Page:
Hi folks. This has been a hectic month for me. I've spread myself too thin. Then my grandma died. She was a wonderful lady who raised a great big family of folks out there doing good in the world. So please excuse the brevity of this post.
In happier news, all the writing I've been doing about Eric D. Johnson and Fruit Bats as we've become better friends has led to an unexpected result. Eric asked me to join the band, singing harmonies and playing keys. I'll be touring with him for the next several months. I couldn't be more excited, this is quite an opportunity for me, and probably just what I need. I'm sure you'll be hearing more about it here. Tour dates are available on the Fruit Bats site. For now, check out the video for "Humbug Mountain Song," the new single from "Absolute Loser," out May 13th on EasySound Recordings. This sweet video was directed by Erez Horovitz (who also directed Sam Cohen's latest amazing video) and stars Eric and an elaborate bear costume.
Luke Sweeney released an epic new tune this month called "Red Hot Demands." I love the feel of this one, bombastic and aching, like an upset Marc Bolan. So, of course, I had to know more. Here's what I found out.
G: So how did this one come about?
L: I first put a rough vignette of the song on 4-track years ago, and actually finished writing it on a couch in Brooklyn because I had a lot on my mind and plenty of guitars lying around that place. The verses came together all of a sudden, and then soon after returning to SF I got the band involved. I suppose it's about the physical and emotional demands that we put on ourselves, and on each other, with the romantic idea that you can write them off anytime to free yourself.
G: The limited edition 45 comes with a zine-style novella, written by you and others. Was that something you'd been wanting to try?
L: Around the time we officially tracked it live, the band members and I started a group writing exercise that resulted in some of the crop in the novella. That whole process was inspired by Jerome Steegmans who was playing bass with us at the time (and plays bass on the recording), and he put the 17-page novella together using these writings.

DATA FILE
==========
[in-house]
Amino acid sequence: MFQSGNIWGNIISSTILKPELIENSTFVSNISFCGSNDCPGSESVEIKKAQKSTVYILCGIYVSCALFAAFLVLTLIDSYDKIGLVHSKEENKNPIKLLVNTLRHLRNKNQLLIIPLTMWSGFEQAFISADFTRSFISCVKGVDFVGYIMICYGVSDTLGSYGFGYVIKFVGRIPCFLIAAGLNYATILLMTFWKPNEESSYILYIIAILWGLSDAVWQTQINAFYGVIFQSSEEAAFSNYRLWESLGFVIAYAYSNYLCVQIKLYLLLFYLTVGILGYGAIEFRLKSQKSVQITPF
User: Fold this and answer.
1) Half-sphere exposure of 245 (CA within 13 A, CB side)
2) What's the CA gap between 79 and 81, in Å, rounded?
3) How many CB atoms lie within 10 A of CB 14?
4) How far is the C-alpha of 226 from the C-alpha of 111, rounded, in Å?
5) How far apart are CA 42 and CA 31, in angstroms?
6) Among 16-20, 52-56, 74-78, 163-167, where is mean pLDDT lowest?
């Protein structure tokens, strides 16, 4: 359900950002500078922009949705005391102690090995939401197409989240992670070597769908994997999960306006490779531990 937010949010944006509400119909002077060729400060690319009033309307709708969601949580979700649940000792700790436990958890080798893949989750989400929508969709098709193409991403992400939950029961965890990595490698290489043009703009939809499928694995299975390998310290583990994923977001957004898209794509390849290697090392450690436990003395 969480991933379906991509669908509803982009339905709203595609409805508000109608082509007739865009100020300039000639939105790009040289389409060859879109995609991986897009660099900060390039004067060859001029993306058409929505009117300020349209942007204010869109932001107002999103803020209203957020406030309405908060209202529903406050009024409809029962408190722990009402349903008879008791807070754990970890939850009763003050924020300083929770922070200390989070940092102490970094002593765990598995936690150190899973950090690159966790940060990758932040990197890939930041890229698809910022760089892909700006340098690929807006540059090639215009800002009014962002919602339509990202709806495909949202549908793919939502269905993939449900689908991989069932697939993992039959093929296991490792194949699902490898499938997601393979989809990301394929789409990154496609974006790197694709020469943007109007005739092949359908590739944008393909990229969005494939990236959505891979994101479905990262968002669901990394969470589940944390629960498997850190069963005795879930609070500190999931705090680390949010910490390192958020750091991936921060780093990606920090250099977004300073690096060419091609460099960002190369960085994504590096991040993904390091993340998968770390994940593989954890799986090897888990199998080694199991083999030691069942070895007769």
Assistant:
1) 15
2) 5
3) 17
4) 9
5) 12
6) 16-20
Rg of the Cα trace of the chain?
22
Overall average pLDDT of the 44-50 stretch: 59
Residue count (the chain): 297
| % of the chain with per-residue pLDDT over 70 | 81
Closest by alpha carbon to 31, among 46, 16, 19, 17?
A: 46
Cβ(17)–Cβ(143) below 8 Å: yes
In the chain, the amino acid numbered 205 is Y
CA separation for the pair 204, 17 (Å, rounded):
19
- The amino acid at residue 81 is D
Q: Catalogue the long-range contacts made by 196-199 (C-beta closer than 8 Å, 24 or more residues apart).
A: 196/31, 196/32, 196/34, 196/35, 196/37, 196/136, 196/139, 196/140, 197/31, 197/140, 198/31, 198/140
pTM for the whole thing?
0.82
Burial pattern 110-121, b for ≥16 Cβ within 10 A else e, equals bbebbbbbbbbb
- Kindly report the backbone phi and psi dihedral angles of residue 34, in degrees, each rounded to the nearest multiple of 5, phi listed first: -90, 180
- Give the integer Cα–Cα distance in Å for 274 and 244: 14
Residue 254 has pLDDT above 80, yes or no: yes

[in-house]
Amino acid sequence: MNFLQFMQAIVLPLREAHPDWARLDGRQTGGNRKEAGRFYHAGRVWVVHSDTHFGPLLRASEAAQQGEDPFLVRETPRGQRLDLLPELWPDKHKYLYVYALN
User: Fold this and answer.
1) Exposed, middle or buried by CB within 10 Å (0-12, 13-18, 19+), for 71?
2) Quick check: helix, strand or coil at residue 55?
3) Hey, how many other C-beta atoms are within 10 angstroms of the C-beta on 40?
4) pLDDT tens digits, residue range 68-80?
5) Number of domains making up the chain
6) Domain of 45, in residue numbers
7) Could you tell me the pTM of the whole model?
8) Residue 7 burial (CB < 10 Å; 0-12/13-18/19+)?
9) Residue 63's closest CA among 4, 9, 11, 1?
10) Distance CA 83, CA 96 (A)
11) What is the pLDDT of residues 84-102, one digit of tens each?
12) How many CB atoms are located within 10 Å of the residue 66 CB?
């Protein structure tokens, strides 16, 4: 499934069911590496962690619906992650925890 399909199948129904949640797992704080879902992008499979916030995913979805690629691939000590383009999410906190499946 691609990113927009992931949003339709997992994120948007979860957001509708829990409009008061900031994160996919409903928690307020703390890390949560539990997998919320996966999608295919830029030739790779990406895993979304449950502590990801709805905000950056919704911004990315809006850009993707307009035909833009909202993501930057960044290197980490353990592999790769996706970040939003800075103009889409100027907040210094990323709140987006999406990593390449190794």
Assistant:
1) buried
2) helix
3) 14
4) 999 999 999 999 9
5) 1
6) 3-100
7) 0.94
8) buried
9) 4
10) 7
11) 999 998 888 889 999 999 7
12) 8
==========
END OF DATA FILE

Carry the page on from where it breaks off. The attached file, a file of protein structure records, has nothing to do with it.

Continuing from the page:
G: I love it. I always enjoy seeing something different, especially for a limited edition like this. The 45 is actually etched on plexiglass rather than pressed on vinyl. How does it sound?
L: The plexiglass record sounds pretty much like a vinyl record! The fidelity is not as high, but coming from someone who has a lot of dollar-bin records and records that have been played many times, it sounds every bit as good as that. Also, for me there's some poetic justice to the sight of a clear, square piece of plexiglass spinning around & blasting a working class hero tune.
G: Thanks Luke!
If you follow Drops of Gold, you know by now that I am a fan of Vetiver and Daniel T. Their latest albums were on my best of 2015 list. So when Andy Cabic told me that Daniel was doing a remix of one of my favorite tunes, Stranger Still, I got pretty excited. It turns out it is exactly what I was hoping for. Retaining the subdued groove of the original with the signature synth bounce that makes Daniel T's work so appealing to me, this is an instant summer classic. Those rolling ultra melodic arpeggios get me every time. I can't wait for the 12" to be released in June.
Sonny & The Sunsets are back with another brilliant head scratcher of a song. This time produced by Merrill Garbus of tUnE-YArDs. Let's go Bay Area! Check the video for "Well But Strangely Hung Man." Moods Baby Moods is out in May.
Steady Holiday is the project of Dre Babinski of Los Angeles, who played in a number of bands before deciding to go it alone, to great effect, it turns out. She was on last month's mix and I first wrote about her back in January. I've been digging every track she releases, so I was very pleased when she offered up her debut album, Under The Influence, for pre-order recently. I'm also happy she is getting some much deserved attention after being picked to play at Coachella this year. I expect big things. The video for Open Water is pretty great.
Yumi Zouma will release their debut album on Cascine in May. It's called Yoncalla. This New Zealand group has been around for a few years now, releasing a series of limited edition vinyl EPs. If you like the sophisticated, organic electronic pop I write about here, this is right up your alley.
I also want to mention a bit of surprise from Cerrone, an Italo-French drummer/producer/composer known mostly for his disco work in the 70s like the monster hit "Love in C Minor." He returned this year with a 10" that features a rework of Manu Dibango's classic "Soul Makossa" called "Funk Makossa." You may recall the original song inspired Michael Jackson's "Wanna Be Startin' Somethin'. Even better, there is a sweet collaboration with Afrobeat legend Tony Allen as well. Dude was the drummer for Fela Kuti.
I'm out. See you out on the road I hope!